In both instances, adjunct professors—who, with other other members of the academic precariat, now make up close to two-thirds of the faculty employed in U.S. colleges and universities—were fired for making public comments academic administrators deemed unsuitable.

And then there’s the case of a tenured professor in the University of North Carolina-Chapel Hill’s [ht: mfa] History Department who found out that his dean made his chair cancel a class he had been scheduled to teach.

It so happens that [Jay] Smith’s class dealt with a topic that unsettled powerful forces on campus: the place of “big-time athletics” in higher education. This issue is a sore spot for UNC-Chapel Hill, which is still recovering from a major “athletics-academics” scandal first revealed several years ago—about which, it so happens, Smith had been particularly outspoken.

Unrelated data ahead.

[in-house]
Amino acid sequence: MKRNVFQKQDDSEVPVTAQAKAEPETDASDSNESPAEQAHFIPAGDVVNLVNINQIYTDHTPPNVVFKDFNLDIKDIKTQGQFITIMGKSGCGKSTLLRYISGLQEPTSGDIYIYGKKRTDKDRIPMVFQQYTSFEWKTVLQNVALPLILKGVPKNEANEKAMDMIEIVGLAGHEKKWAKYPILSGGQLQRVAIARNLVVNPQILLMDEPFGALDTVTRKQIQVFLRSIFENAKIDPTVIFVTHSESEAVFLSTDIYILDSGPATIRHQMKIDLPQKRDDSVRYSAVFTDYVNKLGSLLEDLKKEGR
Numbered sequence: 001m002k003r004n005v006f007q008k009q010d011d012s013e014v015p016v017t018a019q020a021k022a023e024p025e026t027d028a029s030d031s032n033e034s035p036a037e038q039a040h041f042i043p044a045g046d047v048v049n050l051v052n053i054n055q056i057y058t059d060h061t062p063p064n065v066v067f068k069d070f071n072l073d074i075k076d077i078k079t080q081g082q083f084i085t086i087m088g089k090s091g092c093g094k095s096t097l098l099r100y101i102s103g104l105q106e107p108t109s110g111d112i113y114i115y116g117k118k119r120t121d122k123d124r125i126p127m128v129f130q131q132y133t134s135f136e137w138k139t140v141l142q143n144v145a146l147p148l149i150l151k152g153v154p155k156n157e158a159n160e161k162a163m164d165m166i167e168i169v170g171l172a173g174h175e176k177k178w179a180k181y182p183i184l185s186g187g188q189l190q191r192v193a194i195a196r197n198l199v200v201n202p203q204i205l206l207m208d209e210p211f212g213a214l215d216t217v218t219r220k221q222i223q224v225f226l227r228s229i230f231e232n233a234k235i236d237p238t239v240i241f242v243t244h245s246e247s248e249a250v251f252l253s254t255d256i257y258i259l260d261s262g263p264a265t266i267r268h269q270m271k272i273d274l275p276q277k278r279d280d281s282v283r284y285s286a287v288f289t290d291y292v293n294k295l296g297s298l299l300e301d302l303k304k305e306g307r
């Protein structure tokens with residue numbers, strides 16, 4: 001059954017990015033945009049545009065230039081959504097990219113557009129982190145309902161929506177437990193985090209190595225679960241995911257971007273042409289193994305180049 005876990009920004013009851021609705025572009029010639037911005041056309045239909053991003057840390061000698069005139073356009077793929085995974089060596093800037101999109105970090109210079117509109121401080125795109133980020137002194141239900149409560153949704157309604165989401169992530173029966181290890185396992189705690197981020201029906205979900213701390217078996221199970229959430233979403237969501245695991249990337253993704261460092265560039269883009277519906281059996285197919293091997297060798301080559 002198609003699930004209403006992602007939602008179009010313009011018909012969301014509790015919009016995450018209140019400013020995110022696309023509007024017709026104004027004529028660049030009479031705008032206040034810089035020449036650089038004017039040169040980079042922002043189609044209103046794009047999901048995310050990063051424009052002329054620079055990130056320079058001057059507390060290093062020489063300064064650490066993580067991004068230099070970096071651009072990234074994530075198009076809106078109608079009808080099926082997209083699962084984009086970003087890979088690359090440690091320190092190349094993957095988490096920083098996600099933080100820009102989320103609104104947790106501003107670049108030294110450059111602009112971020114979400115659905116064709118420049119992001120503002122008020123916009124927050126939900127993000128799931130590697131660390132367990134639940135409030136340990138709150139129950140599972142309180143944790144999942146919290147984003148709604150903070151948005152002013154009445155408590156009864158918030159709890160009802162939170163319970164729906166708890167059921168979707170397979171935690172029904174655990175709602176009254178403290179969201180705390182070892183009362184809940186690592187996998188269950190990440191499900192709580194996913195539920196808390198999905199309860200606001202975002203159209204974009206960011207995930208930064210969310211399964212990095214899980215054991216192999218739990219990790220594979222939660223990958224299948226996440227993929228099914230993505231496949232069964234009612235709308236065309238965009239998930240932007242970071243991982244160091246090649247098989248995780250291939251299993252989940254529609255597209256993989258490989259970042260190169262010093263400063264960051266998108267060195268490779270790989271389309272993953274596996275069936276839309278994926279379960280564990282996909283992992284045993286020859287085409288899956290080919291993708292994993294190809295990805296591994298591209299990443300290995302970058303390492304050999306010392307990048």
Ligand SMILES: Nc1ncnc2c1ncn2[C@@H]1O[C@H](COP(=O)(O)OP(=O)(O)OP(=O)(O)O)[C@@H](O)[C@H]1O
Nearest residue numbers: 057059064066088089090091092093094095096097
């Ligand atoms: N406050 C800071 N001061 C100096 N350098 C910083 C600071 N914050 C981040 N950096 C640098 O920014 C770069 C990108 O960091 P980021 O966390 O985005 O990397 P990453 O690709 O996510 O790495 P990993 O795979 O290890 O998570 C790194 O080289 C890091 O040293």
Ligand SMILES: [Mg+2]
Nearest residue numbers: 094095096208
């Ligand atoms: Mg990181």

In the new academy, faculty governance has been replaced by top-down decision-making and academic administrators treat everything—from employment contracts to course offerings—just like the executives of any other corporation. If they add to the bottom-line, faculty members are rewarded; if they don’t, contracts are terminated and courses are cancelled.

That’s how the new corporate university operates in the United States. It’s not student protests but academic administrators that are creating a chilling effect, by circumscribing faculty speech and ultimately undermining academic freedom.